Cloud Security Challenges- Cloud computing has given organizations the ability to harness the power of advanced infrastructure without incurring the upfront costs traditionally required for on-premises networks. Provisioning IT resources requires little knowledge of the underlying infrastructure. By allowing users to create resources with a few simple configurations, deployment doesn’t require much more than a few clicks of the mouse.
While beneficial for organizations, superficial knowledge of a specific IT resource can leave it vulnerable to myriad cybersecurity issues. For example, a poorly configured AWS S3 bucket can expose sensitive data, which was the cause behind data breaches for Netflix, Ford, TD Bank, Capital One and thousands of others.
Understanding the Challenges of Securing the Cloud
Full traffic mirroring and packet analysis were the easiest ways of ensuring you wouldn’t miss out on important events and also have full forensics in case of a security issue. For on-premises data, there are no additional costs for mirroring traffic and performing proper logging, but cloud providers such as AWS charge for each VPC mirroring session as well as the bandwidth needed to transfer the data.
In an effort to reduce costs on mirroring, organizations will often eliminate doing it on some data they consider unnecessary. Unfortunately, this is a huge risk as it can also eliminate key elements essential for effective forensics after a cybersecurity event. The impact of missing data can make it impossible to identify vulnerabilities and monitor day-to-day events.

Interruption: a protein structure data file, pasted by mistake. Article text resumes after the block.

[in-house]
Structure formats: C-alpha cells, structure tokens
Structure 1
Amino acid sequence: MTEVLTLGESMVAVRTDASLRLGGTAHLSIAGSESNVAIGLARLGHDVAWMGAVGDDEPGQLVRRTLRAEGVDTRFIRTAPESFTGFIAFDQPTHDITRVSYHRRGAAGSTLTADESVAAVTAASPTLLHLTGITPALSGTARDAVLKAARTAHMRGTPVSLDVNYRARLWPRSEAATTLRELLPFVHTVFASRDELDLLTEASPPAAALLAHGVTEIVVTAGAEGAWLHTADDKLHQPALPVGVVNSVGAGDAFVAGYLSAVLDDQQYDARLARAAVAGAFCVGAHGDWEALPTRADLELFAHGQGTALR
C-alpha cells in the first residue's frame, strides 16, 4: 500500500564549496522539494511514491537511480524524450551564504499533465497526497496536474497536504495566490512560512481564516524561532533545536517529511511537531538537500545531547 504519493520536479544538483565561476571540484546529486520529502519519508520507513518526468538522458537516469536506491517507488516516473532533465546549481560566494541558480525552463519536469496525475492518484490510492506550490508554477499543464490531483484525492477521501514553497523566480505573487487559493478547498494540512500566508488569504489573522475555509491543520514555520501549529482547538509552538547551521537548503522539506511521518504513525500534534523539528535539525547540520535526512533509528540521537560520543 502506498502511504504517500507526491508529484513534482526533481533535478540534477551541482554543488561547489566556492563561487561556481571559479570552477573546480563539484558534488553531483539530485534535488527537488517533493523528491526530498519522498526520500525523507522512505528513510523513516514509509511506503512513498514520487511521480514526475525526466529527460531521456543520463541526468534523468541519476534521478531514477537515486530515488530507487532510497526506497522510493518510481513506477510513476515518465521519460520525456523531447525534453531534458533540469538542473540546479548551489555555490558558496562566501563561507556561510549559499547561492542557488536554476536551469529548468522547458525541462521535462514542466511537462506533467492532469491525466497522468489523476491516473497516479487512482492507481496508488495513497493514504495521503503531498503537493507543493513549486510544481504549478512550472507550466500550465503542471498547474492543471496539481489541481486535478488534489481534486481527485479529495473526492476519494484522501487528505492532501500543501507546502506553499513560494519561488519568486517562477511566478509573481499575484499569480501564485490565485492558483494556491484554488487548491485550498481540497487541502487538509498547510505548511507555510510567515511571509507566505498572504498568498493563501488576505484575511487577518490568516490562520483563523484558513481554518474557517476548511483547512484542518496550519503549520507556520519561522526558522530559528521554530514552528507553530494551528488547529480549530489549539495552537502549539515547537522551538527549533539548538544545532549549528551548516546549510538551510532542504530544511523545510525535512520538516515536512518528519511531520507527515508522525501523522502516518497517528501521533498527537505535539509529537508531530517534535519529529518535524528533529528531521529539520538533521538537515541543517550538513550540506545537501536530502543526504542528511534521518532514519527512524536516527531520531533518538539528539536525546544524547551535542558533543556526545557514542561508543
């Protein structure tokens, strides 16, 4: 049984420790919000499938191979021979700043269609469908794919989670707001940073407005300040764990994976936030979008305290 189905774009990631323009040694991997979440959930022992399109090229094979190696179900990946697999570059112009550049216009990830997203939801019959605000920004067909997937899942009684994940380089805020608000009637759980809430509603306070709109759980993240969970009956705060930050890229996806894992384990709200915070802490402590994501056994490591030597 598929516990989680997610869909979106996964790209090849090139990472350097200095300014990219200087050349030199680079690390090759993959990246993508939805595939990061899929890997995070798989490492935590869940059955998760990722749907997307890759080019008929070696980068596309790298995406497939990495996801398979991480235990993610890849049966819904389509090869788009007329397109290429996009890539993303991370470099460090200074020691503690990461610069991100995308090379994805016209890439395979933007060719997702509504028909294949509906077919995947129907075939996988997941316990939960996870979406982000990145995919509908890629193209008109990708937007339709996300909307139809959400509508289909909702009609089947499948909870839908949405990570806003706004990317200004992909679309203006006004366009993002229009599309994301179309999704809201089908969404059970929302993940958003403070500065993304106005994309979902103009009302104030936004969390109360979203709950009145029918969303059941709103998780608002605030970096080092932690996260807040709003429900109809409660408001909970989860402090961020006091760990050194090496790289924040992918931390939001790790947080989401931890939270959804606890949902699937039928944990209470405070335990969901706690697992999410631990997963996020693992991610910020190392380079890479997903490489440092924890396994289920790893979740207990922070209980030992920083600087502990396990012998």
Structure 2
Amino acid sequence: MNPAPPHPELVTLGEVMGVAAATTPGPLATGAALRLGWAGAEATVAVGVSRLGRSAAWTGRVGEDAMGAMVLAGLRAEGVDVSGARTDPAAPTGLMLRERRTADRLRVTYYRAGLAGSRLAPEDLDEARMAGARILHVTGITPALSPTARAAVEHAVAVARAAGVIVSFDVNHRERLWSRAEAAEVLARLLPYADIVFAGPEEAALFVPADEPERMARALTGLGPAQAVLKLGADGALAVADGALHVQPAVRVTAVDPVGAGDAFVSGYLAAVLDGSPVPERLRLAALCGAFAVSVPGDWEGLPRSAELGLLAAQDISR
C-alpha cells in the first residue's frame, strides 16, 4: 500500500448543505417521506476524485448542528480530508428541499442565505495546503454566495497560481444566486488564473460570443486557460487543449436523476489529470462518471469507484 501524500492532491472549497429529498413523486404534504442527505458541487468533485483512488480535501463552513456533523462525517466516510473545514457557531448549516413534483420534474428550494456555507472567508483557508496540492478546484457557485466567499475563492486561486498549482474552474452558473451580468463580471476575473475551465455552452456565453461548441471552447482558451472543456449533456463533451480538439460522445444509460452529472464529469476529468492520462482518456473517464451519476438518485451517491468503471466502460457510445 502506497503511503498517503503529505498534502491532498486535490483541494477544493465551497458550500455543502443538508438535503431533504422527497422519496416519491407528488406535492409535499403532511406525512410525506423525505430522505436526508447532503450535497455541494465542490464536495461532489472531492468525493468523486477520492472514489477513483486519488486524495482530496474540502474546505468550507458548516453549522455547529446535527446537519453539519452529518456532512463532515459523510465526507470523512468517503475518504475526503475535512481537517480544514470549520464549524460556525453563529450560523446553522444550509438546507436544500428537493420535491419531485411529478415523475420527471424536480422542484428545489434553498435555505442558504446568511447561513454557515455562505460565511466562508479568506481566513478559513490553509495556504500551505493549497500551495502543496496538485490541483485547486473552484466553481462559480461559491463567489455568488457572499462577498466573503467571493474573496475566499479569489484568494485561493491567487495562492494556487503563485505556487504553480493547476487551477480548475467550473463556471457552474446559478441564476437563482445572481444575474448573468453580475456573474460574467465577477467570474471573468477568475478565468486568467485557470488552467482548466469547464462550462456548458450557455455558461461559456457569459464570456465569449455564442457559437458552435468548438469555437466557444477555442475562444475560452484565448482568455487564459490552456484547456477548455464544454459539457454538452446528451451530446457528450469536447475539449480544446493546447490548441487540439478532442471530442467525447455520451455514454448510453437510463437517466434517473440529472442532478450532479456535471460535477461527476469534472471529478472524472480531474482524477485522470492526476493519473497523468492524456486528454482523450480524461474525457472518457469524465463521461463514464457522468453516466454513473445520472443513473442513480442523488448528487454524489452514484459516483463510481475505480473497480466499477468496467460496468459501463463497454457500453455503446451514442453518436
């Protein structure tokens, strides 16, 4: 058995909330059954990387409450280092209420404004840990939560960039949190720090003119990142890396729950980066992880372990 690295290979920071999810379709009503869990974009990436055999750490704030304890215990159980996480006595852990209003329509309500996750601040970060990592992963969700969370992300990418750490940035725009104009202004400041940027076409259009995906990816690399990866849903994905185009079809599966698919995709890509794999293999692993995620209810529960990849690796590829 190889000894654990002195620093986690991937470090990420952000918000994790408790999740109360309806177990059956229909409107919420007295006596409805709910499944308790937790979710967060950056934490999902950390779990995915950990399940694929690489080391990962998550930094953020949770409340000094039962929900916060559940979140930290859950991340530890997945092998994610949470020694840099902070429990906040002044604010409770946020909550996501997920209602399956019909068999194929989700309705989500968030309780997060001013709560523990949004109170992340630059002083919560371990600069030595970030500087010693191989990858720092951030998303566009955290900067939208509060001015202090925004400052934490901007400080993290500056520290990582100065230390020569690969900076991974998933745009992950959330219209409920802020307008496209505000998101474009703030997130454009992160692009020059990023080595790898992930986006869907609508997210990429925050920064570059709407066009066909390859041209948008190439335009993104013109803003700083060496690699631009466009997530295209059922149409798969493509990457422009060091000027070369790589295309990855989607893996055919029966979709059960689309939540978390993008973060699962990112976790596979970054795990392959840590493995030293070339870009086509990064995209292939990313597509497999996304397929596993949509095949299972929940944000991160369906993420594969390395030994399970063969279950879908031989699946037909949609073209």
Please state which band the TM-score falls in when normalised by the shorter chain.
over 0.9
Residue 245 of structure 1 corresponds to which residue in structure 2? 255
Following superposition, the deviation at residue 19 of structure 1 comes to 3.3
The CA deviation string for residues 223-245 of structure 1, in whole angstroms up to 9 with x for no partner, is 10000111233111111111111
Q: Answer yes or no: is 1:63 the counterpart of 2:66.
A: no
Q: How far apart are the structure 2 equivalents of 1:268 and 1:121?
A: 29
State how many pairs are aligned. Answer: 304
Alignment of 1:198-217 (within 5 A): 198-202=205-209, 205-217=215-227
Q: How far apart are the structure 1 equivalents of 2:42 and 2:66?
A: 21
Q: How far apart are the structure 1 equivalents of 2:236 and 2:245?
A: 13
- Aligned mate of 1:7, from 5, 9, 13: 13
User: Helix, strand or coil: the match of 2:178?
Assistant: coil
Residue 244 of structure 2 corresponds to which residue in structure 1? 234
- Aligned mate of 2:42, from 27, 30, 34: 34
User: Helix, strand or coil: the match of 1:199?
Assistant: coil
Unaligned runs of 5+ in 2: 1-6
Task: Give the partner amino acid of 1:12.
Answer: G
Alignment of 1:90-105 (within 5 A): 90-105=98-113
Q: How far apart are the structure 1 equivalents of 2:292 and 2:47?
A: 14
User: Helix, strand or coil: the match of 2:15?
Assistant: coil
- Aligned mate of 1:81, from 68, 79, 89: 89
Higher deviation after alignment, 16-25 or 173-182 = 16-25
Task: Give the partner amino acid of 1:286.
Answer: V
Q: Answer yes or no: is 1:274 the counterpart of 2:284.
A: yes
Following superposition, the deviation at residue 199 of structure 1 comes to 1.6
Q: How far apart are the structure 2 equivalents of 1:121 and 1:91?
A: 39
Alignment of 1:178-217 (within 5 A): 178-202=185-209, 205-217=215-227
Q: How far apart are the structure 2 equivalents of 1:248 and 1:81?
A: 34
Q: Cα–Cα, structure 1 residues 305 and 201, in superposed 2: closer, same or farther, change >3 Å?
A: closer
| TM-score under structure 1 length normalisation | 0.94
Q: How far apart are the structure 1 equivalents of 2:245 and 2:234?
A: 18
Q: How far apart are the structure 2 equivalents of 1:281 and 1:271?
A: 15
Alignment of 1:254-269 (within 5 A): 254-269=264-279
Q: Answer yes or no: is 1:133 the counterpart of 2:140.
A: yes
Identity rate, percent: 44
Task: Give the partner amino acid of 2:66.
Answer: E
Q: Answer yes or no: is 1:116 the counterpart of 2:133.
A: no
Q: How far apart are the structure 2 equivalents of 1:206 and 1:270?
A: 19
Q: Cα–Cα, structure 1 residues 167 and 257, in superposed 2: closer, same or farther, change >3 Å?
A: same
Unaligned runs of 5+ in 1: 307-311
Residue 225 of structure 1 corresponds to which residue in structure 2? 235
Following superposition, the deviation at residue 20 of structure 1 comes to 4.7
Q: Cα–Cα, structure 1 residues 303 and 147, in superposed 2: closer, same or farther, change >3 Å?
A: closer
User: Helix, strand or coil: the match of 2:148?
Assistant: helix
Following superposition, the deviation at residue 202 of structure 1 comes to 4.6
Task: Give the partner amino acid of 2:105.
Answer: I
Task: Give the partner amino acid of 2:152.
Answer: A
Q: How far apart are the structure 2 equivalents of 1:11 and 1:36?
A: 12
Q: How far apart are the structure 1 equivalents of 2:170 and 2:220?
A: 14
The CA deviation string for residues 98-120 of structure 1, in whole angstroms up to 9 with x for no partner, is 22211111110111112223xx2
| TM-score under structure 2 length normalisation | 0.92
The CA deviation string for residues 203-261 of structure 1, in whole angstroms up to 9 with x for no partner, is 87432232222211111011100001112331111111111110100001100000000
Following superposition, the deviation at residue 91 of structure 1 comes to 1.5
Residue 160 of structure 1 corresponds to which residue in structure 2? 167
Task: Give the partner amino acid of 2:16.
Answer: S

Distributed denial-of-service (DDoS) attacks are still a threat to organizations, as bad actors keep developing better offensive measures. Advanced persistent threats (APT) such as eavesdropping, malware or ransomware can take months to detect and several weeks to contain. Stuxnet is another infamous example of how attackers can remain undetected for long periods of time.
Without proper traffic and logging data, intrusion detection suffers and can lead to massive data breaches costing much more than budgeting for mirroring and data aggregation.
However, even organizations that do integrate proper monitoring solutions face a barrage of false-positive alerts. Too many false positives lead to analyst fatigue, which runs the risk of missing signals of an actual attack.
How SIEM Evolved to Solve These Challenges
Security information and event management (SIEM) was first coined in the 2000s, but logging network traffic and identifying threats have been around for decades. It’s an essential part of cybersecurity defenses that gives organizations a way to quickly contain threats before attackers are able to exfiltrate large amounts of data or inject malware on systems.